Background: The extent to which abortion has harmful consequences for mental health remains controversial. We aimed to examine the linkages between having an abortion and mental health outcomes over the interval from age 15–25 years.
Methods: Data were gathered as part of the Christchurch Health and Development Study, a 25-year longitudinal study of a birth cohort of New Zealand children. Information was obtained on: a) the history of pregnancy/abortion for female participants over the interval from 15–25 years; b) measures of DSM-IV mental disorders and suicidal behaviour over the intervals 15–18, 18–21 and 21–25 years; and c) childhood, family and related confounding factors.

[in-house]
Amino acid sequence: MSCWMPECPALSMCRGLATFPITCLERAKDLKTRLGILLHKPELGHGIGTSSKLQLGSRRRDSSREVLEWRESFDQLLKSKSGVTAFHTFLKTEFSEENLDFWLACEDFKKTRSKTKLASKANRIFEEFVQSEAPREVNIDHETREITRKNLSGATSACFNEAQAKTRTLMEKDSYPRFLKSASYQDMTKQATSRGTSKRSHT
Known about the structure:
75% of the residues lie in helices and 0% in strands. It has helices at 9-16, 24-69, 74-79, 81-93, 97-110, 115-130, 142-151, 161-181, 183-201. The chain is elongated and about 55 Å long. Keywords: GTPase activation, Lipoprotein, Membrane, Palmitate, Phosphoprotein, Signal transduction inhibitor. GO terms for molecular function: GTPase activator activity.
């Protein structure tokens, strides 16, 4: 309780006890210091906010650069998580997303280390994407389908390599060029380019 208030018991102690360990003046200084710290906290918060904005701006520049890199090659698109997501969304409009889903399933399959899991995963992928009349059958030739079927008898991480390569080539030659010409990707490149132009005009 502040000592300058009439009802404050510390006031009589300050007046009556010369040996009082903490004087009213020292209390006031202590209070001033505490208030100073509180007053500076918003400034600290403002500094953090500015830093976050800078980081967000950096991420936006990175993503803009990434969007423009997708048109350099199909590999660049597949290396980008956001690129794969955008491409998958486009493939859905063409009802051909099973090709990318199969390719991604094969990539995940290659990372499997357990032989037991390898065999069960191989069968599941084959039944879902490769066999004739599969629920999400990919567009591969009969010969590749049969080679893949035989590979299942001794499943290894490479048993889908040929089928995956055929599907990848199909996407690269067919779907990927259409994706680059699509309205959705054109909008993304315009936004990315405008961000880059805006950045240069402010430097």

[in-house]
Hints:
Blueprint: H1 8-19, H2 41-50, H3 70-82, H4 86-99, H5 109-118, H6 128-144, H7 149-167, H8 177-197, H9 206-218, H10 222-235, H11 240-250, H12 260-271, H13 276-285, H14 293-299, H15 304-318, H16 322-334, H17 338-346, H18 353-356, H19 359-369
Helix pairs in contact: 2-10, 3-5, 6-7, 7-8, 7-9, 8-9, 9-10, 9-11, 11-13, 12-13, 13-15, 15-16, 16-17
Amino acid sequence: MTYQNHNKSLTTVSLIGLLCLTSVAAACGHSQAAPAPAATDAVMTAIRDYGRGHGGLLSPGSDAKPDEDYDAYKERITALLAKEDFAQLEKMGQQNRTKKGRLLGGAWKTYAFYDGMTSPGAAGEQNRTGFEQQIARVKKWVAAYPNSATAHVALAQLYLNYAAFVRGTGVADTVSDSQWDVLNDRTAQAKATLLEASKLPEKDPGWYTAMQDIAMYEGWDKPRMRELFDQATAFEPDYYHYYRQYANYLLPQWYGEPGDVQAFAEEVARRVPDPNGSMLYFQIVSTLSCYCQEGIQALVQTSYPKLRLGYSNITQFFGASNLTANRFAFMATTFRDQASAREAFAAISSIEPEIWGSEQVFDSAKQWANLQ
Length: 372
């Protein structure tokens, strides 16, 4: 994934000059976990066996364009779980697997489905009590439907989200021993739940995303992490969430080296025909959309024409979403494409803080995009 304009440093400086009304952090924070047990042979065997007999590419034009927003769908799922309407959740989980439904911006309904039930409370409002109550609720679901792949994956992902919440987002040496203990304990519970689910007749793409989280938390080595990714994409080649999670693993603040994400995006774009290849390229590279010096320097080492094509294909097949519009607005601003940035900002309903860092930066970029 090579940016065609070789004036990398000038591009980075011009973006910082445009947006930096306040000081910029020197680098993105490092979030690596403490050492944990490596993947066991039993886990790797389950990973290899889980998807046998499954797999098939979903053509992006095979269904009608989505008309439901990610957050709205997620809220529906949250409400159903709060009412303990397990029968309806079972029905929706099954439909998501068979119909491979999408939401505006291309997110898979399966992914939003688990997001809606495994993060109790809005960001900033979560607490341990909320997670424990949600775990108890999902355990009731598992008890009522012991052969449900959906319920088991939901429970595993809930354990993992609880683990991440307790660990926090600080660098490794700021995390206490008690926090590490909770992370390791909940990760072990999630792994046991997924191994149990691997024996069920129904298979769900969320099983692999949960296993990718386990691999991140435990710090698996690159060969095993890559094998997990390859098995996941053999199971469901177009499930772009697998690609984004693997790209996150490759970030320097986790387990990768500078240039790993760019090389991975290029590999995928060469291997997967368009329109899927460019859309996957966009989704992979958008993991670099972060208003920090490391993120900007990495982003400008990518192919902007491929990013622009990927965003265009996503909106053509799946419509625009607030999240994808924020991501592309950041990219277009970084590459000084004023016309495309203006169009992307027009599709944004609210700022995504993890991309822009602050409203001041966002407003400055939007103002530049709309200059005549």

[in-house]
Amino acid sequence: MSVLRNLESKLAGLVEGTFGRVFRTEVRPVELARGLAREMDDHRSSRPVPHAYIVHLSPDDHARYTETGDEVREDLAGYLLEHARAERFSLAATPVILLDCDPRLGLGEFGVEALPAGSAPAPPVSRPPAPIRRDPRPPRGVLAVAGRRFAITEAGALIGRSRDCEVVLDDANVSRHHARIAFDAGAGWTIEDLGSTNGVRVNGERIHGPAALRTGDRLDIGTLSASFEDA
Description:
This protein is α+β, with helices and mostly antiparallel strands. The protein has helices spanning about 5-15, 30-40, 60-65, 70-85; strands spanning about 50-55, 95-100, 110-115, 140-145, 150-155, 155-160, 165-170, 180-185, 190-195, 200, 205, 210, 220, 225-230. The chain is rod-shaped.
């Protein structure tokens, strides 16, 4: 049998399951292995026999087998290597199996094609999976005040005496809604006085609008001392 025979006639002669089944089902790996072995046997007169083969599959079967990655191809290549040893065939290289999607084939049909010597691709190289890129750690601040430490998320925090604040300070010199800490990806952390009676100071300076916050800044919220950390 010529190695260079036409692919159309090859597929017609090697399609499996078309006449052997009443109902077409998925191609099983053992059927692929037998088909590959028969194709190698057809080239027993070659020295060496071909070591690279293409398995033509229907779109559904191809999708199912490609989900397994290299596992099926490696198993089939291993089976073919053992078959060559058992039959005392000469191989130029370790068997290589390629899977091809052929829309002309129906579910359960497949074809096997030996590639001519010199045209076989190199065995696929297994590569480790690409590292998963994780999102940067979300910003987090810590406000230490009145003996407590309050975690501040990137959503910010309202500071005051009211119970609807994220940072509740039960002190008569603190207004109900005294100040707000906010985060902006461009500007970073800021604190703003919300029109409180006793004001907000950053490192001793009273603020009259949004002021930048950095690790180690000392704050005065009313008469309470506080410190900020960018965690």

Results: Forty-one percent of women had become pregnant on at least one occasion prior to age 25, with 14.6% having an abortion. Those having an abortion had elevated rates of subsequent mental health problems including depression, anxiety, suicidal behaviours and substance use disorders. This association persisted after adjustment for confounding factors.
Conclusions: The findings suggest that abortion in young women may be associated with increased risks of mental health problems.